I have survived the first week with one child out of the nest. Patrick didn’t even test his wings first. He took flight and kept going. In the past week, he has been home for maybe an hour, and that was only because he was waiting for me to finish getting ready for church. I miss him, but mostly I am happy that he has fallen into his new life with ease. I have, of course, seen him—any time I can find a reason to drop by his dorm. I had a chance to sit and visit with him and a couple of his new friends a few nights after he moved in. It amazes me that he ended up rooming with a stranger who could not have been more of a perfect match for him if I had hand picked someone. God is so good. He knows what we need and how to make it happen. We had some major complications in getting Patrick settled into the right dorm. His scholarship contract was lost in the shuffle somewhere, which caused him to be placed in the wrong dorm. It took weeks of me calling and visiting the housing department as well as maneuvering through all of the red tape in order to ensure that Patrick received his scholarship before he was finally placed in his second choice dorm, which has the same floor plan as the honor’s dorm he had chosen as his first choice. Now, after meeting Patrick’s roommate, as well as the new friends Patrick has acquired through him, I know that God created the situation for just this outcome. It was a struggle that I would like to say I managed gracefully, but there were moments when I succumbed to tears of frustration before digging my heels in and refocusing on my goal. It was worth it, though, and I know that God expected me to trust Him enough to continue the fight and that He led me to the right people and gave me the strength to remain calm and treat all of them with respect. I could not have done it in my own strength.
I do not enjoy change. I thrive best within the boundaries of routine. I like dark edges that define where I am supposed to be and that ensure predictability. I have learned, however, that there is only one thing that I can predict and that is the inevitability of change. I sometimes envy those who get up every morning to return to a job that requires the same thing day after day and week after week. Even when life circumstances change, their role in it is the same. I am aware that I could have had this assurance had Jeff and I not made some of the choices we have—choices that took me out of my career path. We chose to homeschool, and with that choice came the added responsibility of ensuring that our children did not miss extracurricular opportunities. When they were younger, there wasn’t a lot of change to adapt to from year to year with schooling. In the summer, I ordered new books and planned lessons for the following year. I knew which extra activities they would be involved in and my role in them. As each child moved into the junior high years, teaching became more of a challenge that required studying on my part and the realization that I was the one preparing to move each of them into high school and, ultimately, out of high school. High school was every bit the challenge that everyone so willingly warned me of, and it has been regrettably different for each of my children. Just when I felt that I had a handle on all that I needed to know to move one of my children out of high school and into college, the next child came along with entirely different needs and abilities to meet them. I kept a binder with all of Madison’s senior year activities so that I would be able to use it as a manual when Patrick reached his senior year. After Patrick’s first ACT scores came back, I realized that I had a whole new realm of responsibility in making sure that he received the scholarships that were sure to come available to him. There was so much paperwork, and I was always so afraid that I would miss something and Patrick would have to pay the price for it. We followed him in every direction he chose to explore, even when that took us to LSU and the realization that Patrick may not choose to follow the family’s footsteps to ULM. In the end, it was Patrick’s decision to stay here, and we were proud that he weighed all of his options and made the decision based on what was the best for his school career. Still, there were times when we wanted to take the reins. Sometimes I was the strong one, and other times it was Jeff. Each time, we reminded the other that God was leading Patrick and would let him know what to do. Now, with two binders full of useful information, I am accepting the fact that neither will be a blueprint for Carter’s senior year. We are hoping for TOPS and academic scholarship opportunities, but Carter has his heart set on jumping for ULM’s track team. I am now learning the ins and outs of scouting and once again worrying over the possibility of missing the one crucial step that will cost Carter his dream.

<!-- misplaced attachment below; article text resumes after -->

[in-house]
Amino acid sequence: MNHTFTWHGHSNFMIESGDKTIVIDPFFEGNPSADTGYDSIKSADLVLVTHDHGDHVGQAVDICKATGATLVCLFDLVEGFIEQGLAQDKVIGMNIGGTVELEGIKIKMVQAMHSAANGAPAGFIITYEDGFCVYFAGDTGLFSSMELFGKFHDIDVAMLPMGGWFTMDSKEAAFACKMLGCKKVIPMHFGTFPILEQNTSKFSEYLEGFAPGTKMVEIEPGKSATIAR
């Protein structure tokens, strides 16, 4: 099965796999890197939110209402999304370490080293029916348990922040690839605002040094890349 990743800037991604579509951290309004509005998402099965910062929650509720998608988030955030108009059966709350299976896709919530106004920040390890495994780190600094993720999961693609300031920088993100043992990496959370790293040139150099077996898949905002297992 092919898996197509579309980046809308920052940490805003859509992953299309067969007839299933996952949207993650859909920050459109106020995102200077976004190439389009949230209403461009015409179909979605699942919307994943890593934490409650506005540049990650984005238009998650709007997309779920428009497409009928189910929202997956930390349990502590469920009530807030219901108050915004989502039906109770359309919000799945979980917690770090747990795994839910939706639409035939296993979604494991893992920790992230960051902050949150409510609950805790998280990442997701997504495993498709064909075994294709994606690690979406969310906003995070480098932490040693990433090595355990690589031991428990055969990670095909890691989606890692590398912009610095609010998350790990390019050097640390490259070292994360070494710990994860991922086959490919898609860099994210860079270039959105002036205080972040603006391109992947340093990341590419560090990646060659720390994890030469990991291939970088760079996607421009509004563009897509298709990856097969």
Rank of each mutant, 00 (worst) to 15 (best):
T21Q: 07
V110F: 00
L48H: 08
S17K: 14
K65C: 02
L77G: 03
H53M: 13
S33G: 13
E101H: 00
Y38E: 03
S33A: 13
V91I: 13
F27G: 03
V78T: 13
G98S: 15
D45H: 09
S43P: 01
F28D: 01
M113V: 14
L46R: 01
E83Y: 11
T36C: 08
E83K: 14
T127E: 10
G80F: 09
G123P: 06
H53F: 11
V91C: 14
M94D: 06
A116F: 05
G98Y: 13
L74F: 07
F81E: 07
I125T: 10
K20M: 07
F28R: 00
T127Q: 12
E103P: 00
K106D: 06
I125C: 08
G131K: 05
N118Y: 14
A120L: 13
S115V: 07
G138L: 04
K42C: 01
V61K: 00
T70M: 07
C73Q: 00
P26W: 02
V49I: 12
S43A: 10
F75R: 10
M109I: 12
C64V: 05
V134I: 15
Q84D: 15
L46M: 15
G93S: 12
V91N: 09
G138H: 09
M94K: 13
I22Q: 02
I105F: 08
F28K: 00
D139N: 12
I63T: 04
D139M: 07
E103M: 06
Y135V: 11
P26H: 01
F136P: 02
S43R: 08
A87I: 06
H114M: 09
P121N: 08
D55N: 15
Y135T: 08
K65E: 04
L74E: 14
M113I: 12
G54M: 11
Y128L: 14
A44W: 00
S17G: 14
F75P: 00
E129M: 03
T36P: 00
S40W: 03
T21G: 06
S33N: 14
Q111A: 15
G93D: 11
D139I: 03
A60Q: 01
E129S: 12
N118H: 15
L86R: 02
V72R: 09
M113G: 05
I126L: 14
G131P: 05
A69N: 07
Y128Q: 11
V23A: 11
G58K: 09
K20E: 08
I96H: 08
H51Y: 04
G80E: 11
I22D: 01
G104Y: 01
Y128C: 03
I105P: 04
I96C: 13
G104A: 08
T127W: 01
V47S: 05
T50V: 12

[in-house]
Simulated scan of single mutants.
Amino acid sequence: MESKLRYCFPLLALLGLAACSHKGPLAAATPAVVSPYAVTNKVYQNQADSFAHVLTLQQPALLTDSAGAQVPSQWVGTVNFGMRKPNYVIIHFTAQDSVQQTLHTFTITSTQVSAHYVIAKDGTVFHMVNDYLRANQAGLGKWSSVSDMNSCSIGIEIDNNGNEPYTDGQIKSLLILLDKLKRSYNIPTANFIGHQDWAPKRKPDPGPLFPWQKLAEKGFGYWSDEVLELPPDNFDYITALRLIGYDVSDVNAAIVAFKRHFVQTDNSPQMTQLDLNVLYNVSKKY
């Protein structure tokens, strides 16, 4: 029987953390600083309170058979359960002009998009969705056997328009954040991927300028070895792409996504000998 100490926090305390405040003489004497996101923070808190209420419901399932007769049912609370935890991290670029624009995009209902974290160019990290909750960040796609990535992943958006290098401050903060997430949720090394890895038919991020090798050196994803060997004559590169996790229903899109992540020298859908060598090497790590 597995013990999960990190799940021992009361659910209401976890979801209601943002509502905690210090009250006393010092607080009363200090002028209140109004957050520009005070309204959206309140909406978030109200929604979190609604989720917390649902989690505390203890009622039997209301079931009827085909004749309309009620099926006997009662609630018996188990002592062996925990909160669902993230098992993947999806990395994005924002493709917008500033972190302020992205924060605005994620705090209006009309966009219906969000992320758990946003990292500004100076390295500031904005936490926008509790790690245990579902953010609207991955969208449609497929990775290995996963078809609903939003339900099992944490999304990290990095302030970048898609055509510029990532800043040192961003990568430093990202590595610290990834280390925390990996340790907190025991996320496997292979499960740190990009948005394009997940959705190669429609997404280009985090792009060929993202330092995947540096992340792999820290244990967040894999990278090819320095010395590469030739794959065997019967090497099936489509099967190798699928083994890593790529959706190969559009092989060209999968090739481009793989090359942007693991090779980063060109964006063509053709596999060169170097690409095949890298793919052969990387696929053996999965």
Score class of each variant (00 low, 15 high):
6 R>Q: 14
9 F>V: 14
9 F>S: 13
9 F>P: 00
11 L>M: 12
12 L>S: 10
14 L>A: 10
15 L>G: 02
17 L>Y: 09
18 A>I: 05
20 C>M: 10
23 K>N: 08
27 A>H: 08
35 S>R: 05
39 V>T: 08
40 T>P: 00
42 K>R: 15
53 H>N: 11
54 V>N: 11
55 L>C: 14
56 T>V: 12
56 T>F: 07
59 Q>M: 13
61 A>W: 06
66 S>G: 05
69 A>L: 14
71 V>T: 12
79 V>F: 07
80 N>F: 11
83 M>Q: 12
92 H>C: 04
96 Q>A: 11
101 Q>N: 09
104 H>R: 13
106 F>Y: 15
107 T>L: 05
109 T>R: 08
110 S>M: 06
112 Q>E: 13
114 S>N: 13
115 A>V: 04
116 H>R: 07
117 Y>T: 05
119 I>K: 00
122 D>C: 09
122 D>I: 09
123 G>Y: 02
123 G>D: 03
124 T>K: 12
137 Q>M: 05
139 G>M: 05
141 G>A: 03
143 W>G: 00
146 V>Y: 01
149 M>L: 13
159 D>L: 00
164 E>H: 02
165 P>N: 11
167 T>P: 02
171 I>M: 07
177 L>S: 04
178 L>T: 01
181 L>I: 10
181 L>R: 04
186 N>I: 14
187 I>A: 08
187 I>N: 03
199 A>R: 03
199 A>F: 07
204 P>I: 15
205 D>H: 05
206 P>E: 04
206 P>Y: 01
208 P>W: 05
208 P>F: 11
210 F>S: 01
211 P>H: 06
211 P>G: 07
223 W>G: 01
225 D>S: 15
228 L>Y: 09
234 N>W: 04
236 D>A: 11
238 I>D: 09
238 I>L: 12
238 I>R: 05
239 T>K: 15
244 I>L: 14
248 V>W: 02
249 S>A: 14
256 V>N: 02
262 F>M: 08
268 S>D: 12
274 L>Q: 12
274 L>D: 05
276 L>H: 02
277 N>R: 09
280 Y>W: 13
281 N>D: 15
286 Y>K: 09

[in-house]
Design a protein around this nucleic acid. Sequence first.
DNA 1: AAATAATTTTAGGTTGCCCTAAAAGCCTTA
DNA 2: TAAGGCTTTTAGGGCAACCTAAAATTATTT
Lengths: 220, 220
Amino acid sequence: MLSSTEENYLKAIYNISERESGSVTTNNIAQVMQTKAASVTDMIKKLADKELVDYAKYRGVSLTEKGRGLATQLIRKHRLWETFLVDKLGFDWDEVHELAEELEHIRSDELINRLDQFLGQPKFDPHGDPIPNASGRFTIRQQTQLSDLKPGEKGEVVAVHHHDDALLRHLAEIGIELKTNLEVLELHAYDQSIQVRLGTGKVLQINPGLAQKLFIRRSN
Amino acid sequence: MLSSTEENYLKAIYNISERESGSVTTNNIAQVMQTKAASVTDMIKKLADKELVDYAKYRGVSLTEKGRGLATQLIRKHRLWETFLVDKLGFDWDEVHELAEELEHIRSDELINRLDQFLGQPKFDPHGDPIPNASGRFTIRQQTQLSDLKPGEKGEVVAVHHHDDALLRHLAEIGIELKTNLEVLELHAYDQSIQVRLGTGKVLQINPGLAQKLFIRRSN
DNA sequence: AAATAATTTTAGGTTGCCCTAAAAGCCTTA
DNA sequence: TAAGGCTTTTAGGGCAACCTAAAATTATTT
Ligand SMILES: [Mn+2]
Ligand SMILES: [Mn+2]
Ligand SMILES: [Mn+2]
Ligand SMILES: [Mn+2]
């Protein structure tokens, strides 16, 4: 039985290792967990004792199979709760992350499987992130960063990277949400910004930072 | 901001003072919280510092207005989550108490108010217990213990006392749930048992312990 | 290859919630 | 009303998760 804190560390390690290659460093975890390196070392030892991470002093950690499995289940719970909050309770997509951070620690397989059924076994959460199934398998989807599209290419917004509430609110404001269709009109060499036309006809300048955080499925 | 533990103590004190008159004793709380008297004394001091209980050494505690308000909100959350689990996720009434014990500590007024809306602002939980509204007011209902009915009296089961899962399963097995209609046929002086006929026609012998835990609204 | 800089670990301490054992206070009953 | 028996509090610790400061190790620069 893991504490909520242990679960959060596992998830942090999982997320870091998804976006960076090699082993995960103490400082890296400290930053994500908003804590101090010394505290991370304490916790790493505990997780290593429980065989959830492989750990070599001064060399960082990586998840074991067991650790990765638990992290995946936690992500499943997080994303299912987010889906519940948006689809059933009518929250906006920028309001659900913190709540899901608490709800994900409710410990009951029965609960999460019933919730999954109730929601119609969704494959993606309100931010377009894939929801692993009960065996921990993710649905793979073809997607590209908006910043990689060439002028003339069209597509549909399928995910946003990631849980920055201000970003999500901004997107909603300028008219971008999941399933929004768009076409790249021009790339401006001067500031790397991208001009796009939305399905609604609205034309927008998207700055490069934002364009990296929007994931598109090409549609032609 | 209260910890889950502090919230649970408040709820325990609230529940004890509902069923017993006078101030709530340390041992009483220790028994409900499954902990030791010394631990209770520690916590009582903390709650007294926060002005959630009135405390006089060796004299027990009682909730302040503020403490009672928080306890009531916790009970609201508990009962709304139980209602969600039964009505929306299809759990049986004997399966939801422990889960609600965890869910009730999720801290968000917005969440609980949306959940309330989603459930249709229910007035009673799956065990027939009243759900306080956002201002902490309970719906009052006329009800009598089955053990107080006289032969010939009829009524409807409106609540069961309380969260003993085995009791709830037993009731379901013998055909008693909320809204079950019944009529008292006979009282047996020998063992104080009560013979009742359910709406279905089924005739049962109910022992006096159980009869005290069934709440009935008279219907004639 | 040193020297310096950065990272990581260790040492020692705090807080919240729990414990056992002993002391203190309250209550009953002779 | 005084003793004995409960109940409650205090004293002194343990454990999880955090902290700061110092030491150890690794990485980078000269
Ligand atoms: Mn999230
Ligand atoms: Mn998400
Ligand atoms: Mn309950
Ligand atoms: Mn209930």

Honestly, I can’t remember the last time my edges were defined. I exist within the blurry boundaries of constant change. I have learned that I do not have to find my footing before taking the next step. My circumstances require me to look months or years in advance, but I am learning to stay in the moment while doing so. My edges are blurred, but they are edges still the same, and edges, no matter how undefined, are meant to give shape and purpose to all that is contained within.